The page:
Thirteen years ago, Michael Orozco was one of the most talented young players in Southern California. The Los Angeles Galaxy invited the 18-year-old to training. Though Orozco impressed, he wasn’t ready for first team play on a squad full of seasoned veterans that in following year became 2005 MLS champs.
Back then, young MLS players not ripe enough for league play may have been able to train with the pros, but would not have gotten the competition crucial to their development.
Orozco went to Mexico’s San Luis, played for its reserve team for two years before debuting in Liga MX, where he has played for more than a decade, besides spending a season with the Philadelphia Union. He also played for the USA at the 2008 Olympics and during his full national team play is famous for scoring the gamewinner in the USA’s first and only win over El Tri on Mexican soil, in 2012.
Since the time when Orozco pursued a pro career after playing youth ball for the Irvine Strikers, MLS clubs ramped up their youth programs, fielding teams in the U.S. Soccer Development Academy that launched in 2007. But there remained a crucial missing rung in the ladder to the first team -- reserve teams that would enable young players to play with and against older, more experienced players.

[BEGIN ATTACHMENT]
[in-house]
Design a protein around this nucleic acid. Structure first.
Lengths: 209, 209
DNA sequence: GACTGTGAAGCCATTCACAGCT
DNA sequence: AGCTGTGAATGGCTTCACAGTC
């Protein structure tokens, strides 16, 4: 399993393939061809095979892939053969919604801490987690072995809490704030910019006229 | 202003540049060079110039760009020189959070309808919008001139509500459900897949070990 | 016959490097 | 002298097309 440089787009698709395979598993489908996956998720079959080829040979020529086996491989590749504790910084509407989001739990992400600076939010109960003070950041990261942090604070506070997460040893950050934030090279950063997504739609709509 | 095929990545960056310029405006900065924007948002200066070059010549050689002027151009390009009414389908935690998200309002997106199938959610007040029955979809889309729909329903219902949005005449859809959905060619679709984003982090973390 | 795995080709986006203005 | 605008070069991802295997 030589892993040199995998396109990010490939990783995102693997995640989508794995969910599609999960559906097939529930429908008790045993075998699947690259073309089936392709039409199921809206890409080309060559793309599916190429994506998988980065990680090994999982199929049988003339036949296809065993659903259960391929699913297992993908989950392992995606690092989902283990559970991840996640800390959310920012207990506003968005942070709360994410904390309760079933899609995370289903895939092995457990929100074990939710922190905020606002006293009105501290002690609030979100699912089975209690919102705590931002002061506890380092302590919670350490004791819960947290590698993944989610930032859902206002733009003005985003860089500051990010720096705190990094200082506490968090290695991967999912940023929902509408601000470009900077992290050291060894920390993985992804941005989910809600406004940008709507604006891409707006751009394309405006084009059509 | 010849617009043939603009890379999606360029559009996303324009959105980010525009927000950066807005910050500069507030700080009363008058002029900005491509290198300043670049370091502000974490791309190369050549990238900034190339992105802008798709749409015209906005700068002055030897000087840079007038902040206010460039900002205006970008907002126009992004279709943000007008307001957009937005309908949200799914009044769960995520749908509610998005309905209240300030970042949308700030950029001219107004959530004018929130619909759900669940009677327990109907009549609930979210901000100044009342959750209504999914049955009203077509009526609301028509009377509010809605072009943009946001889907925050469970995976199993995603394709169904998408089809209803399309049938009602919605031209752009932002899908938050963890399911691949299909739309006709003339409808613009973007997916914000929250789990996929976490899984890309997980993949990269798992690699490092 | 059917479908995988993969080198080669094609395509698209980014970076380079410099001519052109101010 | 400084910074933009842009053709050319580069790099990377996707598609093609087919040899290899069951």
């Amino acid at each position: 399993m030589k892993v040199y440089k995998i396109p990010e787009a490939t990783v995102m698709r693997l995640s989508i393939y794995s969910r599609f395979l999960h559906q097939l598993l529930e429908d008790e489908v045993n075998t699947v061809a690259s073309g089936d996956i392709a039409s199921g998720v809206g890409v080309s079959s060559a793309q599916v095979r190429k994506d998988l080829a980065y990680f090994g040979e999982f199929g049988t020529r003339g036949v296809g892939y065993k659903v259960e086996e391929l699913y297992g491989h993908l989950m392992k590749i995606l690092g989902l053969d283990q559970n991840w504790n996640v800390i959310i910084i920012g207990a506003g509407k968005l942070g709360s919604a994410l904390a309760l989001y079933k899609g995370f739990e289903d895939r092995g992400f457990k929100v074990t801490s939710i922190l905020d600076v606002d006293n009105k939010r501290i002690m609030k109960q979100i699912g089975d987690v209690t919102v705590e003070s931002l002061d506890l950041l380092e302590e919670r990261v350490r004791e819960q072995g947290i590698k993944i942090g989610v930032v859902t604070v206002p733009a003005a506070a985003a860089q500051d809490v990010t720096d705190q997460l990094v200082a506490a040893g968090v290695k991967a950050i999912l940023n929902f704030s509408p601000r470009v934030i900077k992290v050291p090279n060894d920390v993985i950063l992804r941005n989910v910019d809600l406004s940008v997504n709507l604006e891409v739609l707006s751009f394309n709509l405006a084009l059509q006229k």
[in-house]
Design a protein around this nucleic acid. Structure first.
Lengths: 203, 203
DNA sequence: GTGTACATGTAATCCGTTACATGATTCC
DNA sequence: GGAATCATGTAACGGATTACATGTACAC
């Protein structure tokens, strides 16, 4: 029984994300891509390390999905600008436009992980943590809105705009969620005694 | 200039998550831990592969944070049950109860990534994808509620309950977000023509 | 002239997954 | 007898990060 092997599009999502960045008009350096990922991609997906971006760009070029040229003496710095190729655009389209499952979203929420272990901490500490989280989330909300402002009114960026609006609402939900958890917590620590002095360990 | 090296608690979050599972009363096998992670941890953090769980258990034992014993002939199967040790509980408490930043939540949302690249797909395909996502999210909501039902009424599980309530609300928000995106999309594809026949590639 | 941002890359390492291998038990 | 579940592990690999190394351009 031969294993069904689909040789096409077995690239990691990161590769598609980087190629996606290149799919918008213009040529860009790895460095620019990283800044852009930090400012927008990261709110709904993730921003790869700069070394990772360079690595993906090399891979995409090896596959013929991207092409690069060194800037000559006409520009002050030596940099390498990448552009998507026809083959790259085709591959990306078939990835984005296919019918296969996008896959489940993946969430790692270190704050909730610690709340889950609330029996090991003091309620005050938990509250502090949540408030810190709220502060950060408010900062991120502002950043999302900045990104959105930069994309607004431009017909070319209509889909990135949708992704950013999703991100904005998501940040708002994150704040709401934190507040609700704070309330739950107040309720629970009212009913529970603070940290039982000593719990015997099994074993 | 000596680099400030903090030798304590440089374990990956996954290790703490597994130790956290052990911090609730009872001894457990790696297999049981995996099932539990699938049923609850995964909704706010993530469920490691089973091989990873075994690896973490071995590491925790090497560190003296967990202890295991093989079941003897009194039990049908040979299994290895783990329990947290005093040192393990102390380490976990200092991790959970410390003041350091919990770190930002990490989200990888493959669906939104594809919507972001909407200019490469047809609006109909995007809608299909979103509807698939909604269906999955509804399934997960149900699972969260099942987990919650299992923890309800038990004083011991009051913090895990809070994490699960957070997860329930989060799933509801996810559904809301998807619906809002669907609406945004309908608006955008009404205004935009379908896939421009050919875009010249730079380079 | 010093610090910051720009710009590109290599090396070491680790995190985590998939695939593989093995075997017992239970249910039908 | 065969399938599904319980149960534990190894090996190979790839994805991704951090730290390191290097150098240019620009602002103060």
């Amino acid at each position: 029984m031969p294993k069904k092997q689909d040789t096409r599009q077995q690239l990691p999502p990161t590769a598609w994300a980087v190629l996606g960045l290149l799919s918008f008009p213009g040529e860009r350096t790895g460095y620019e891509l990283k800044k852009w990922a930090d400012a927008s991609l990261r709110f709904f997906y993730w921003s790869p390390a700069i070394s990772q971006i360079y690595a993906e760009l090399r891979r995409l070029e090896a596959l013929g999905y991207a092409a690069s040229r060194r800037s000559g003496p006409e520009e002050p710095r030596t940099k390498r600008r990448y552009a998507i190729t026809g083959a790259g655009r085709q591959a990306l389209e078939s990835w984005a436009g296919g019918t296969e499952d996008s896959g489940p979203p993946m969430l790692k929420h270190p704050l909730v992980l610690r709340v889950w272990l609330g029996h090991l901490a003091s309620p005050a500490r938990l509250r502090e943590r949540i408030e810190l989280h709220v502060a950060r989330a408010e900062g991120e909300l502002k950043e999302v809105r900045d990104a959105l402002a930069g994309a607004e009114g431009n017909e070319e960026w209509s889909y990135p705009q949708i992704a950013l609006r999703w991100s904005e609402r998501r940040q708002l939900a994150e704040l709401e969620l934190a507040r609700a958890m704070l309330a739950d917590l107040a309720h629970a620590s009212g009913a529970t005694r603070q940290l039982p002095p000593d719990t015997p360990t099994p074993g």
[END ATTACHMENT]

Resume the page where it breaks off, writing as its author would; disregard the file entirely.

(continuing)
That’s why one of the most important developments in American soccer has been MLS clubs fielding clubs in the 30-team USL. All 22 MLS teams either field USL teams or have USL affiliates.
The LA Galaxy launched its USL team, Galaxy II, in 2014, and finished runner-up in 2015.
On Tuesday, the LA Galaxy made history when it signed its Development Academy star, Efrain Alvarez, at age 15 the youngest signing in USL history.
Another major benefit of MLS clubs fielding USL teams is that enables them to sign more young talent than they could under MLS roster rules (maximum of 28 players). And they can offer pro contracts to young players shopping themselves overseas.
Galaxy II now has eight former Development Academy players on its roster: Alvarez, Eric Lopez, Justin Dhillon, Bennett Sneddon, Adrian Vera, Ethan Zubak, Adonis Amaya and Jefrey Payeras.
Besides the players they’ve signed to USL pro contracts, the Galaxy, like other MLS teams, frequently give DA players USL playing time to give them early pro experience. Eight Galaxy players who played DA ball in the 2016-17 season also appeared in the USL.